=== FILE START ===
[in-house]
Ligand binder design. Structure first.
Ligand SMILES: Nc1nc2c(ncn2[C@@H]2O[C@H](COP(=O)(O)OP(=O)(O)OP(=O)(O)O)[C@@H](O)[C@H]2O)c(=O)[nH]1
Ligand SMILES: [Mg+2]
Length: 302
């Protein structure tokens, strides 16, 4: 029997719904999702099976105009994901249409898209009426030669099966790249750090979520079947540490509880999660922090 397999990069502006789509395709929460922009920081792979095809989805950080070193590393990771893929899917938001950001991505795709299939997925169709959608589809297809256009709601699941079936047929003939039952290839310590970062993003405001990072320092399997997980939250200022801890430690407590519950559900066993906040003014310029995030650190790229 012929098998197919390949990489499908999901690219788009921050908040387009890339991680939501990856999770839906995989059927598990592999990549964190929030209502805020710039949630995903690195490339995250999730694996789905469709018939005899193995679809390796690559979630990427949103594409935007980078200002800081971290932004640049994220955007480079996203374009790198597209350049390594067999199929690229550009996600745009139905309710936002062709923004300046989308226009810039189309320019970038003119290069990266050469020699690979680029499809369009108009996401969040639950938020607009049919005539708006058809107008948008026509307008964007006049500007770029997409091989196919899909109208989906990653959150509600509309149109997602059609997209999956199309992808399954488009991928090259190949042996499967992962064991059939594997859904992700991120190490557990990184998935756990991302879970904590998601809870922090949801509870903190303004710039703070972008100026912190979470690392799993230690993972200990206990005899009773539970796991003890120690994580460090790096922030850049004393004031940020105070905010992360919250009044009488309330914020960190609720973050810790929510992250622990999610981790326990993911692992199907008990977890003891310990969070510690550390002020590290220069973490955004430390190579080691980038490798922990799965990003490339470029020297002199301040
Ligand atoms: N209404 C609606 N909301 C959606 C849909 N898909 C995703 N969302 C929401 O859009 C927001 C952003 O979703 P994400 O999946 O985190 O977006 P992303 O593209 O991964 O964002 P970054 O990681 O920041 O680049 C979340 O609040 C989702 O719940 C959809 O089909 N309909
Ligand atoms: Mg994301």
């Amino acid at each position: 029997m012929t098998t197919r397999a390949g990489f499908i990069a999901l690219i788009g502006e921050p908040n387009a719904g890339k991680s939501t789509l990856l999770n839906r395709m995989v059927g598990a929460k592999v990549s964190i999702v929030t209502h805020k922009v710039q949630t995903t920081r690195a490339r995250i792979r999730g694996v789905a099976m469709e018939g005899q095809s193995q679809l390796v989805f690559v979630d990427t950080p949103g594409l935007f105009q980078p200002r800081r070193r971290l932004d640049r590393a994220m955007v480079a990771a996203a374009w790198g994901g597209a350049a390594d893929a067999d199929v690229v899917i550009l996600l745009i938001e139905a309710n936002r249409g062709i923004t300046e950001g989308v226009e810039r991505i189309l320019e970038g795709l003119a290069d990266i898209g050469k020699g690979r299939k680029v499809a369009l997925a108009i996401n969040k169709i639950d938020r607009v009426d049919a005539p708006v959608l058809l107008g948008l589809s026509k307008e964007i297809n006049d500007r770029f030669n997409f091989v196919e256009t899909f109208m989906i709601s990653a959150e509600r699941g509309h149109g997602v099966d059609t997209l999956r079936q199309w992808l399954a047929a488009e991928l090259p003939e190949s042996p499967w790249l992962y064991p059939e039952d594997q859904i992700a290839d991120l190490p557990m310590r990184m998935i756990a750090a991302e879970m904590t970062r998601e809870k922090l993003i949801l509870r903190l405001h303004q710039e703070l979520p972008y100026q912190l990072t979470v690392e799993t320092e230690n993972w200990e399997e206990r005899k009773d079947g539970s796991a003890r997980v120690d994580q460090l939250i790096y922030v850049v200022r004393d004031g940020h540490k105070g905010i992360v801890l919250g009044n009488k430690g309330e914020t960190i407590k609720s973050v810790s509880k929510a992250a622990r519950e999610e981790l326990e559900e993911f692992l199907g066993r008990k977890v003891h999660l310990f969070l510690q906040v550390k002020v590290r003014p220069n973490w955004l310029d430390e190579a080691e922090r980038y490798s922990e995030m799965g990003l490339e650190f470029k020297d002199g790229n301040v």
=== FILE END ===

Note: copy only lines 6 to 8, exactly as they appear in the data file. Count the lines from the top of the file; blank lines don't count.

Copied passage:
């Protein structure tokens, strides 16, 4: 029997719904999702099976105009994901249409898209009426030669099966790249750090979520079947540490509880999660922090 397999990069502006789509395709929460922009920081792979095809989805950080070193590393990771893929899917938001950001991505795709299939997925169709959608589809297809256009709601699941079936047929003939039952290839310590970062993003405001990072320092399997997980939250200022801890430690407590519950559900066993906040003014310029995030650190790229 012929098998197919390949990489499908999901690219788009921050908040387009890339991680939501990856999770839906995989059927598990592999990549964190929030209502805020710039949630995903690195490339995250999730694996789905469709018939005899193995679809390796690559979630990427949103594409935007980078200002800081971290932004640049994220955007480079996203374009790198597209350049390594067999199929690229550009996600745009139905309710936002062709923004300046989308226009810039189309320019970038003119290069990266050469020699690979680029499809369009108009996401969040639950938020607009049919005539708006058809107008948008026509307008964007006049500007770029997409091989196919899909109208989906990653959150509600509309149109997602059609997209999956199309992808399954488009991928090259190949042996499967992962064991059939594997859904992700991120190490557990990184998935756990991302879970904590998601809870922090949801509870903190303004710039703070972008100026912190979470690392799993230690993972200990206990005899009773539970796991003890120690994580460090790096922030850049004393004031940020105070905010992360919250009044009488309330914020960190609720973050810790929510992250622990999610981790326990993911692992199907008990977890003891310990969070510690550390002020590290220069973490955004430390190579080691980038490798922990799965990003490339470029020297002199301040
Ligand atoms: N209404 C609606 N909301 C959606 C849909 N898909 C995703 N969302 C929401 O859009 C927001 C952003 O979703 P994400 O999946 O985190 O977006 P992303 O593209 O991964 O964002 P970054 O990681 O920041 O680049 C979340 O609040 C989702 O719940 C959809 O089909 N309909
Ligand atoms: Mg994301």